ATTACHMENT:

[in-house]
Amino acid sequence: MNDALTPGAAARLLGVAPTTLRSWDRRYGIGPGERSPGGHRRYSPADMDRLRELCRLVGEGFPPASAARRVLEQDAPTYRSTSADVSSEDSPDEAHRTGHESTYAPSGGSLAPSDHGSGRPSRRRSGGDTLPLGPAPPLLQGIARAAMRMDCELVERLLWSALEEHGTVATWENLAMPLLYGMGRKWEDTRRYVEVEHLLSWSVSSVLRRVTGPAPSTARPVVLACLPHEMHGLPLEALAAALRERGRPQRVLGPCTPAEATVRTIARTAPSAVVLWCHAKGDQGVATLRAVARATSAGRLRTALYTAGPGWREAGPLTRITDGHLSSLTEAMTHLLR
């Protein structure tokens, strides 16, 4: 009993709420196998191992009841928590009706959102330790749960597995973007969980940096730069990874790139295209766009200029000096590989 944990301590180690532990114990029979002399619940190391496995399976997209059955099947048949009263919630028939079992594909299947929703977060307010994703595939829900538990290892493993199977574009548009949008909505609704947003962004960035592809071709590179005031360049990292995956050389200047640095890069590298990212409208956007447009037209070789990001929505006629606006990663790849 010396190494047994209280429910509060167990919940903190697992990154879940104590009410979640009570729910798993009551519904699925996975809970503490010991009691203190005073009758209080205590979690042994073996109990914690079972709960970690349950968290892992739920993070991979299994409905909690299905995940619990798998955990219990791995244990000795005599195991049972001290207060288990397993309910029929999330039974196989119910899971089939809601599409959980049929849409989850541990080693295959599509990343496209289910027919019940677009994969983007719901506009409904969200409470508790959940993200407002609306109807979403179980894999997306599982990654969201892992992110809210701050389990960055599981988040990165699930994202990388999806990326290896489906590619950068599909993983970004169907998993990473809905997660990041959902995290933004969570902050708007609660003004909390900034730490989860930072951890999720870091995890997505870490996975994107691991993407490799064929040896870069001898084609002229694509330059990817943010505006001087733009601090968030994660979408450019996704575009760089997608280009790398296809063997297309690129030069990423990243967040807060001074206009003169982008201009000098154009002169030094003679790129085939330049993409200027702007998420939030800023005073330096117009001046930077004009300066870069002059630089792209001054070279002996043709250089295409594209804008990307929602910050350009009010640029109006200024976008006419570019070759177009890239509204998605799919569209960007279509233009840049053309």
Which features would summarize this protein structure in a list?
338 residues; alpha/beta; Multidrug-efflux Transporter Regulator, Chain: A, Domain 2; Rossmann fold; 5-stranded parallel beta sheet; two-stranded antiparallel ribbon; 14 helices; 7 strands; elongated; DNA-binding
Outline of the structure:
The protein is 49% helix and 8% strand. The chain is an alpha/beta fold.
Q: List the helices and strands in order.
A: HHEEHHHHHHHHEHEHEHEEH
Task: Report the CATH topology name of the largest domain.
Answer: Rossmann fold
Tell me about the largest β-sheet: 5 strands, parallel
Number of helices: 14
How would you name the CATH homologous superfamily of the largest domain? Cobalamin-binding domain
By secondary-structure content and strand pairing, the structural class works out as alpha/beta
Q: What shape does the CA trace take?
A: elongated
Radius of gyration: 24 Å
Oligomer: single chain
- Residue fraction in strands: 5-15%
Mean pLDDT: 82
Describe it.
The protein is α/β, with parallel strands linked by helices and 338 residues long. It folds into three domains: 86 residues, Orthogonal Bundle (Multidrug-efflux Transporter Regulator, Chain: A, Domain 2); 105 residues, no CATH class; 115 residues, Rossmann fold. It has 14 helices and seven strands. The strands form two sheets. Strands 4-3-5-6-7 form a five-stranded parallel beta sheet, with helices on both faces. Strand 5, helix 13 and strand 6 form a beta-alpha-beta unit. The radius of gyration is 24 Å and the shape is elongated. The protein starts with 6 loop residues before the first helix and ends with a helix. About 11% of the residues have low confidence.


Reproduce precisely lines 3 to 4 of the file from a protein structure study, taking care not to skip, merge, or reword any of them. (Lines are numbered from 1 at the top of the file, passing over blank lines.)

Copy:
């Protein structure tokens, strides 16, 4: 009993709420196998191992009841928590009706959102330790749960597995973007969980940096730069990874790139295209766009200029000096590989 944990301590180690532990114990029979002399619940190391496995399976997209059955099947048949009263919630028939079992594909299947929703977060307010994703595939829900538990290892493993199977574009548009949008909505609704947003962004960035592809071709590179005031360049990292995956050389200047640095890069590298990212409208956007447009037209070789990001929505006629606006990663790849 010396190494047994209280429910509060167990919940903190697992990154879940104590009410979640009570729910798993009551519904699925996975809970503490010991009691203190005073009758209080205590979690042994073996109990914690079972709960970690349950968290892992739920993070991979299994409905909690299905995940619990798998955990219990791995244990000795005599195991049972001290207060288990397993309910029929999330039974196989119910899971089939809601599409959980049929849409989850541990080693295959599509990343496209289910027919019940677009994969983007719901506009409904969200409470508790959940993200407002609306109807979403179980894999997306599982990654969201892992992110809210701050389990960055599981988040990165699930994202990388999806990326290896489906590619950068599909993983970004169907998993990473809905997660990041959902995290933004969570902050708007609660003004909390900034730490989860930072951890999720870091995890997505870490996975994107691991993407490799064929040896870069001898084609002229694509330059990817943010505006001087733009601090968030994660979408450019996704575009760089997608280009790398296809063997297309690129030069990423990243967040807060001074206009003169982008201009000098154009002169030094003679790129085939330049993409200027702007998420939030800023005073330096117009001046930077004009300066870069002059630089792209001054070279002996043709250089295409594209804008990307929602910050350009009010640029109006200024976008006419570019070759177009890239509204998605799919569209960007279509233009840049053309």
Which features would summarize this protein structure in a list?